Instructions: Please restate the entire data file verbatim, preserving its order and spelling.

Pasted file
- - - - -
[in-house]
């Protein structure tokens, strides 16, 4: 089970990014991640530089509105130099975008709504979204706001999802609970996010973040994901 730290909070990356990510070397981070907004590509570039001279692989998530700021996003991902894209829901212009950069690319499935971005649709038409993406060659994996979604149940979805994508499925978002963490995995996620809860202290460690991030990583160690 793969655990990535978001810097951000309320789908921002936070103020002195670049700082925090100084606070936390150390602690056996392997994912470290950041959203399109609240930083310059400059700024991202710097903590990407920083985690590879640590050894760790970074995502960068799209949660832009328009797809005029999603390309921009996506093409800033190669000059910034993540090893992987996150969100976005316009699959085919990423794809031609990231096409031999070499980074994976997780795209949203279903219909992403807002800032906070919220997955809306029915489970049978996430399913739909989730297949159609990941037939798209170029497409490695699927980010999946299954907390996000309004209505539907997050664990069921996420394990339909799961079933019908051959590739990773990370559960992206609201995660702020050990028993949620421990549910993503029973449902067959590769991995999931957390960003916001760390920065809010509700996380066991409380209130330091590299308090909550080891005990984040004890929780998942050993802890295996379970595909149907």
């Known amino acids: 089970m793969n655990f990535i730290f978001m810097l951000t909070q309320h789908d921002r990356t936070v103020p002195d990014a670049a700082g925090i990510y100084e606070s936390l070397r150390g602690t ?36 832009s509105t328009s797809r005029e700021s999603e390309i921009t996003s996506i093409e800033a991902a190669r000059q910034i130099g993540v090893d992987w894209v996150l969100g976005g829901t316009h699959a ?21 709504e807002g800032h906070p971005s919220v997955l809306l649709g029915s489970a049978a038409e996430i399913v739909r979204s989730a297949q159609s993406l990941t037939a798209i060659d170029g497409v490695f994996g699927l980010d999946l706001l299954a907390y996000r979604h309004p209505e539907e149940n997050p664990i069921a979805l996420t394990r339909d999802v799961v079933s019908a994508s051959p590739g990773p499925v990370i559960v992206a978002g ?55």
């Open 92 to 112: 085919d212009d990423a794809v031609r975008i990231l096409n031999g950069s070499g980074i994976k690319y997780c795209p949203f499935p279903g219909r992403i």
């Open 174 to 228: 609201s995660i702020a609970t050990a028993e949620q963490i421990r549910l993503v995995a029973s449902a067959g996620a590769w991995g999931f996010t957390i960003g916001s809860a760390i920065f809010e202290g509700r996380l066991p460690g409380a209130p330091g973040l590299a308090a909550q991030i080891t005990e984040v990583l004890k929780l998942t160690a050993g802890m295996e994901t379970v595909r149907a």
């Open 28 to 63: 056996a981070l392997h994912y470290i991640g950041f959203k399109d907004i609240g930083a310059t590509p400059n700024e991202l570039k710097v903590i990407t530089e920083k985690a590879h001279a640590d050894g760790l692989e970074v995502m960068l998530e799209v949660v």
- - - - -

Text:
[in-house]
């Protein structure tokens, strides 16, 4: 089970990014991640530089509105130099975008709504979204706001999802609970996010973040994901 730290909070990356990510070397981070907004590509570039001279692989998530700021996003991902894209829901212009950069690319499935971005649709038409993406060659994996979604149940979805994508499925978002963490995995996620809860202290460690991030990583160690 793969655990990535978001810097951000309320789908921002936070103020002195670049700082925090100084606070936390150390602690056996392997994912470290950041959203399109609240930083310059400059700024991202710097903590990407920083985690590879640590050894760790970074995502960068799209949660832009328009797809005029999603390309921009996506093409800033190669000059910034993540090893992987996150969100976005316009699959085919990423794809031609990231096409031999070499980074994976997780795209949203279903219909992403807002800032906070919220997955809306029915489970049978996430399913739909989730297949159609990941037939798209170029497409490695699927980010999946299954907390996000309004209505539907997050664990069921996420394990339909799961079933019908051959590739990773990370559960992206609201995660702020050990028993949620421990549910993503029973449902067959590769991995999931957390960003916001760390920065809010509700996380066991409380209130330091590299308090909550080891005990984040004890929780998942050993802890295996379970595909149907």
């Known amino acids: 089970m793969n655990f990535i730290f978001m810097l951000t909070q309320h789908d921002r990356t936070v103020p002195d990014a670049a700082g925090i990510y100084e606070s936390l070397r150390g602690t ?36 832009s509105t328009s797809r005029e700021s999603e390309i921009t996003s996506i093409e800033a991902a190669r000059q910034i130099g993540v090893d992987w894209v996150l969100g976005g829901t316009h699959a ?21 709504e807002g800032h906070p971005s919220v997955l809306l649709g029915s489970a049978a038409e996430i399913v739909r979204s989730a297949q159609s993406l990941t037939a798209i060659d170029g497409v490695f994996g699927l980010d999946l706001l299954a907390y996000r979604h309004p209505e539907e149940n997050p664990i069921a979805l996420t394990r339909d999802v799961v079933s019908a994508s051959p590739g990773p499925v990370i559960v992206a978002g ?55």
């Open 92 to 112: 085919d212009d990423a794809v031609r975008i990231l096409n031999g950069s070499g980074i994976k690319y997780c795209p949203f499935p279903g219909r992403i």
């Open 174 to 228: 609201s995660i702020a609970t050990a028993e949620q963490i421990r549910l993503v995995a029973s449902a067959g996620a590769w991995g999931f996010t957390i960003g916001s809860a760390i920065f809010e202290g509700r996380l066991p460690g409380a209130p330091g973040l590299a308090a909550q991030i080891t005990e984040v990583l004890k929780l998942t160690a050993g802890m295996e994901t379970v595909r149907a």
């Open 28 to 63: 056996a981070l392997h994912y470290i991640g950041f959203k399109d907004i609240g930083a310059t590509p400059n700024e991202l570039k710097v903590i990407t530089e920083k985690a590879h001279a640590d050894g760790l692989e970074v995502m960068l998530e799209v949660v």